For a few years now, evidence has been accumulating that millennials contain within them a weird combination of grandiosity and inability to leave the house — they’re self-absorbed and global-thinking, smug and terrified. But what if we’ve been blaming the wrong people? Now there’s cause to believe the worst people in America aren’t millennials. They’re millennials’ parents.
A clue lies in the verbification of the word “adult.” Millennials are shamelessly signing up for "adulting' classes to teach them how to be grownup. Why didn’t we ever need to use “adult” as a verb before? Simple. All of youth was spent taking responsibility, learning to be independent, achieving maturity. Adulting was simply growing up. You were mature long before you were an adult.
Not anymore. Today’s young adults seem baffled and overwhelmed by ordinary grownup stuff (see the video “Stressed Out” by Twenty One Pilots — the Crosby, Stills and Nash of the participation-prize generation). “I see a lot of suffering around not knowing how to do the ‘adulting’ thing,” Maine psychotherapist Rachel Weinstein told the online magazine Quartz . Along with elementary school teacher Katie Brunelle, she created the Adulting School, which pitches itself with these words: “We know you’re sick of feeling like you’re pretending to be a grown-up and that someone’s going to realize you don’t know the sh%#t you’re supposed to know.”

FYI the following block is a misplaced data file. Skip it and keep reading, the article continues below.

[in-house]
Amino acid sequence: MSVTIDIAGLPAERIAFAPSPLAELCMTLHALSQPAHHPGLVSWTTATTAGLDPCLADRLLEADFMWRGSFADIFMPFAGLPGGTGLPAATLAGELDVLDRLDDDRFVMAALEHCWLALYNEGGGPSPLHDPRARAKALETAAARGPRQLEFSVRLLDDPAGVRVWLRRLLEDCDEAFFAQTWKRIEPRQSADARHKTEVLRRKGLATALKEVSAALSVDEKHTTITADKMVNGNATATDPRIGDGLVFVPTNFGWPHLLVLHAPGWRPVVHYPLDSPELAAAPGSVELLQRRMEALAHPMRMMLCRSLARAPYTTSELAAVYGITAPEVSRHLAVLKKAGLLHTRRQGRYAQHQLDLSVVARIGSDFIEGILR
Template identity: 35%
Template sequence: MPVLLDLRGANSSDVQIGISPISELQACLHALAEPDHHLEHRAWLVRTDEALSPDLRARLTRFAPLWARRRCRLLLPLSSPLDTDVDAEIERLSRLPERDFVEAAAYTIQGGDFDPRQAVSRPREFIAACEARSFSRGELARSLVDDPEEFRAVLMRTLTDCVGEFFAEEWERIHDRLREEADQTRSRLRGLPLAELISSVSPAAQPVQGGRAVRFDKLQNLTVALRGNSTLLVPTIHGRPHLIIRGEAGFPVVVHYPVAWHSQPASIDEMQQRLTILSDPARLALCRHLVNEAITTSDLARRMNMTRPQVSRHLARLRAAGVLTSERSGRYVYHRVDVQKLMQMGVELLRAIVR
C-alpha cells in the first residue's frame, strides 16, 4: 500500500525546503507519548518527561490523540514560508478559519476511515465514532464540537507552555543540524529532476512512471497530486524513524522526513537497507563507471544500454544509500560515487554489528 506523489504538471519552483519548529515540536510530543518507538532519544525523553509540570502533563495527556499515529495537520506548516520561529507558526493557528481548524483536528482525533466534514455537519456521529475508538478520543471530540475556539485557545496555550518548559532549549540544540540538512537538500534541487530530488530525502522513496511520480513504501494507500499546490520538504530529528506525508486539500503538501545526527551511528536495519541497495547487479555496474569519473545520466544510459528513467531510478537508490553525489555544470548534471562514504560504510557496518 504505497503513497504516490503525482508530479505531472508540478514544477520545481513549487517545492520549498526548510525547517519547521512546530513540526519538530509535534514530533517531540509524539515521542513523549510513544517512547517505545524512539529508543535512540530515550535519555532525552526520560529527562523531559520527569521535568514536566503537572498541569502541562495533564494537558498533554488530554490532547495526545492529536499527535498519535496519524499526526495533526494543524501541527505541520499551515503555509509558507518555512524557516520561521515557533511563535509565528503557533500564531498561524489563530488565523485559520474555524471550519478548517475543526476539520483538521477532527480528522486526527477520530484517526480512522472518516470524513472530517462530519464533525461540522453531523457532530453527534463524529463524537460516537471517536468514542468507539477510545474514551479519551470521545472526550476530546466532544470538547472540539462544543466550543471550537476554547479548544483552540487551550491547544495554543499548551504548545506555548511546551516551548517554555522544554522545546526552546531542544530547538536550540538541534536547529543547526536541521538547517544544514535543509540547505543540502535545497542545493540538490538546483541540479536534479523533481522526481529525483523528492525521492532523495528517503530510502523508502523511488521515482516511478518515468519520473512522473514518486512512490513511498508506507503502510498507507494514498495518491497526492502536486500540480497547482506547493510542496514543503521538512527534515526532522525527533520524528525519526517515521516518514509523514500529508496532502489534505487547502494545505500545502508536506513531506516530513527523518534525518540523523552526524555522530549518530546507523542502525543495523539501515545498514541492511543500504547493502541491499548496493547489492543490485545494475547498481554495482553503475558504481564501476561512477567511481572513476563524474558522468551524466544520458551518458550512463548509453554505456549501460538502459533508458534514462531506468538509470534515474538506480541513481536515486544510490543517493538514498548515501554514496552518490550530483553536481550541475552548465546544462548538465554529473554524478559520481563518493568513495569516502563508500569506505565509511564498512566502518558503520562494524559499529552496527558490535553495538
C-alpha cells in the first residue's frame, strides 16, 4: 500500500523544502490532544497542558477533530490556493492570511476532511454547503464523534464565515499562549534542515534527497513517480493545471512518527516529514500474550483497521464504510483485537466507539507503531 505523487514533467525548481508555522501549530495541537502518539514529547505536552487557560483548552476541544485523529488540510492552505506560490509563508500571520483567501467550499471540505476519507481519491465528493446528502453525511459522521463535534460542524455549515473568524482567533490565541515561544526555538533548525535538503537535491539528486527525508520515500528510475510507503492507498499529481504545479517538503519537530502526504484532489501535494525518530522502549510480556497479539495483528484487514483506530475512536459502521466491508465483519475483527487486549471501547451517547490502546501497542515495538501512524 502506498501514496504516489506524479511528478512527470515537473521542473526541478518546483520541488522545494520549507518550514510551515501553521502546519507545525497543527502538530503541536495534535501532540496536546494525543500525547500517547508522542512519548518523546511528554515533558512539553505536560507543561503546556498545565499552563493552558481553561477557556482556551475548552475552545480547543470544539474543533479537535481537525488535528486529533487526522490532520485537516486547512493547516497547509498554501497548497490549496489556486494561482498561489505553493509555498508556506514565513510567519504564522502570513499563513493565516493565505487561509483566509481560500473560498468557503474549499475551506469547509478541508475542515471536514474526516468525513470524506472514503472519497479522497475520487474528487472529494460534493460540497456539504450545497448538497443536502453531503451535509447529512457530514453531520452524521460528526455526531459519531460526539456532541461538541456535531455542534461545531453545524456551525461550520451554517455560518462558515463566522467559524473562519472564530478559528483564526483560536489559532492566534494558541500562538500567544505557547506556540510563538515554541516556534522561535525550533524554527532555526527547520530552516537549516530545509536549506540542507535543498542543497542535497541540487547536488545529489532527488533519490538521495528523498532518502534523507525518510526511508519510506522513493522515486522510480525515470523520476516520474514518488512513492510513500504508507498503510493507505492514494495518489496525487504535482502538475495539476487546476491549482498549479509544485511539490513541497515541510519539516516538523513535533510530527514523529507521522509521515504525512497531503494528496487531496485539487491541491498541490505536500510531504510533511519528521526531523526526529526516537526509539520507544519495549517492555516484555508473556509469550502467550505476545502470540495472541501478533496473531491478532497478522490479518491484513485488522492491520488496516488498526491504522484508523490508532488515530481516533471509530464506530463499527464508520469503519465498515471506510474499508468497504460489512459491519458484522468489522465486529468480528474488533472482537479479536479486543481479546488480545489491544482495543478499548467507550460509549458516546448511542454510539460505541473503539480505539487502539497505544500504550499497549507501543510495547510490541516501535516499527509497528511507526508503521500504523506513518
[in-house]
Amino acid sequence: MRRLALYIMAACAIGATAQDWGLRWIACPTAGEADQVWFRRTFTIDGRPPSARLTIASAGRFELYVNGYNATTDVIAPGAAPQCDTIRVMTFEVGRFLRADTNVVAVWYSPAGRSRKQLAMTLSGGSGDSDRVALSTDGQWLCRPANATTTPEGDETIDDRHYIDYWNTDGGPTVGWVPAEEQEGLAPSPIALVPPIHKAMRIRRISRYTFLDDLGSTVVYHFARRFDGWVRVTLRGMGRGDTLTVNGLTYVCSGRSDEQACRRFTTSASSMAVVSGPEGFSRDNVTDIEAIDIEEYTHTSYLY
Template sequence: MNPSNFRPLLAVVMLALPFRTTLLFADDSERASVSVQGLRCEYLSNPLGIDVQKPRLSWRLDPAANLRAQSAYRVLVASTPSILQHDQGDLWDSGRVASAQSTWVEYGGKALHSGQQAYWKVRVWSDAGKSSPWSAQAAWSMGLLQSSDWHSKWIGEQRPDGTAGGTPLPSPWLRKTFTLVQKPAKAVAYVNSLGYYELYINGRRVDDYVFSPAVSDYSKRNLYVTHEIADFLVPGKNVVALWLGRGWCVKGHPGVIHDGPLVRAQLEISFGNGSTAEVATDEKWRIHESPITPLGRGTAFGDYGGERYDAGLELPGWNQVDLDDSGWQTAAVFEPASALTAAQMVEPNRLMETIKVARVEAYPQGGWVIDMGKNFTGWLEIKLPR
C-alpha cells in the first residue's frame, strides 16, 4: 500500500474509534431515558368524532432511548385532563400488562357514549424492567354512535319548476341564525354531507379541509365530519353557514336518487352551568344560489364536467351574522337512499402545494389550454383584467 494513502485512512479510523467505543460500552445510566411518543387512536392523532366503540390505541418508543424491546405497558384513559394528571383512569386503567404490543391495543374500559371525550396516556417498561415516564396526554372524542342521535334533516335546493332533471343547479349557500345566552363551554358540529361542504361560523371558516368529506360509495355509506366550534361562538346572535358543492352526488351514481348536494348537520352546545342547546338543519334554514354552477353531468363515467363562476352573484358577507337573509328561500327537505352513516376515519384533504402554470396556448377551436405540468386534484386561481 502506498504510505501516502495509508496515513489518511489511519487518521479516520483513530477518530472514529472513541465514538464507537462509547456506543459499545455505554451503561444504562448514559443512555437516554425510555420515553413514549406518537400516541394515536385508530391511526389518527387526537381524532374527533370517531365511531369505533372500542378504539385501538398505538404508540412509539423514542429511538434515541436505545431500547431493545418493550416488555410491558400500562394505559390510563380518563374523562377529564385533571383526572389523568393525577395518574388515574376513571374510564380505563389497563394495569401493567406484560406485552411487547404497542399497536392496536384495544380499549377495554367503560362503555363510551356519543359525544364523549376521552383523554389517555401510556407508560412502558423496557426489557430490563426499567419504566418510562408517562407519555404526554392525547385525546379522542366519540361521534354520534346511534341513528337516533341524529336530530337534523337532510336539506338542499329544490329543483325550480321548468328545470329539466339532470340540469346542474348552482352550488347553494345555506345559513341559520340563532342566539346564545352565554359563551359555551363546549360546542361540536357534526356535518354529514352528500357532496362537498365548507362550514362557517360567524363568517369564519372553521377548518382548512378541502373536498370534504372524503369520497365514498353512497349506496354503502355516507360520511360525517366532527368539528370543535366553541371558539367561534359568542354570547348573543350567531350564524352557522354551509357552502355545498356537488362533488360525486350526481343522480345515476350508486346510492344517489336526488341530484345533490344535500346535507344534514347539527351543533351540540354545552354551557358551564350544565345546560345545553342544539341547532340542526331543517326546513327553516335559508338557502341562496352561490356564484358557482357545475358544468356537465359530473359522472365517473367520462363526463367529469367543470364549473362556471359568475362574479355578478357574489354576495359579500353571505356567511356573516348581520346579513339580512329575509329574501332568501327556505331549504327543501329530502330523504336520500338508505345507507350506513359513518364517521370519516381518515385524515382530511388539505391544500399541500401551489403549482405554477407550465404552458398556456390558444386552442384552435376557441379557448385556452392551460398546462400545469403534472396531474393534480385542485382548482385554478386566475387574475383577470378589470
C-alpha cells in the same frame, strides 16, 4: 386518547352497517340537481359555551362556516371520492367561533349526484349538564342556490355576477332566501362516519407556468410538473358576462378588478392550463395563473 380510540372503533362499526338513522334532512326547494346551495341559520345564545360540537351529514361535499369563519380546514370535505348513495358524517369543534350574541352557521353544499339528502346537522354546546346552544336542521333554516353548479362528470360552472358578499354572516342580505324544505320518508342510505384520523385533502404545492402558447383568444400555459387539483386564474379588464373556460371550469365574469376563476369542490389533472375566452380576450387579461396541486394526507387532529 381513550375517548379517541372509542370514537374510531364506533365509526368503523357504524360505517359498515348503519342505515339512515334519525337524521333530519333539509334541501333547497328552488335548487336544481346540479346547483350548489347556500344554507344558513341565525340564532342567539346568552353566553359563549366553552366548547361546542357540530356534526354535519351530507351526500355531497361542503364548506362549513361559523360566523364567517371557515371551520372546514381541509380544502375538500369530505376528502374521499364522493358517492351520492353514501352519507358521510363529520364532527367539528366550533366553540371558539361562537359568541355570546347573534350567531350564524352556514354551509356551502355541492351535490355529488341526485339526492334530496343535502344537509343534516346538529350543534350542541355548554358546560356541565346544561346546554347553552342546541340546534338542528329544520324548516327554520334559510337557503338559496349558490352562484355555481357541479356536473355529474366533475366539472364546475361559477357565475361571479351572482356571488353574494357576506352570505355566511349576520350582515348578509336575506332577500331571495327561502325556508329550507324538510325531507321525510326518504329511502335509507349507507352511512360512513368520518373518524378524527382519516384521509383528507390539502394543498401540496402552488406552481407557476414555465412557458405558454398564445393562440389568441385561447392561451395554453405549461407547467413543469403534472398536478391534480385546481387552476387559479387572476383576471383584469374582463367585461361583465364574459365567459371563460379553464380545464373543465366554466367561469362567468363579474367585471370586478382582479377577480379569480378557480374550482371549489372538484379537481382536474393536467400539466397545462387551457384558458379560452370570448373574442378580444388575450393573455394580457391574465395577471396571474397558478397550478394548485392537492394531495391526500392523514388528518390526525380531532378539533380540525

The Adulting School sets out to teach basic stuff. Really basic stuff: The first item on the “Adulting Quiz” (which is not a quiz but a series of statements to which the respondent is supposed to answer yes or no) is “I know how much money I have and how to access it.” Another is, “I’m comfortable following recipes.” Another is, “I know when to use which form of correspondence . . . for example, I wouldn’t break up with someone over a text.” Jeez, in my day, everyone knew the proper way to dump someone wasn’t via text: It was via ceasing to return phone calls.
Read the full story at nypost.com.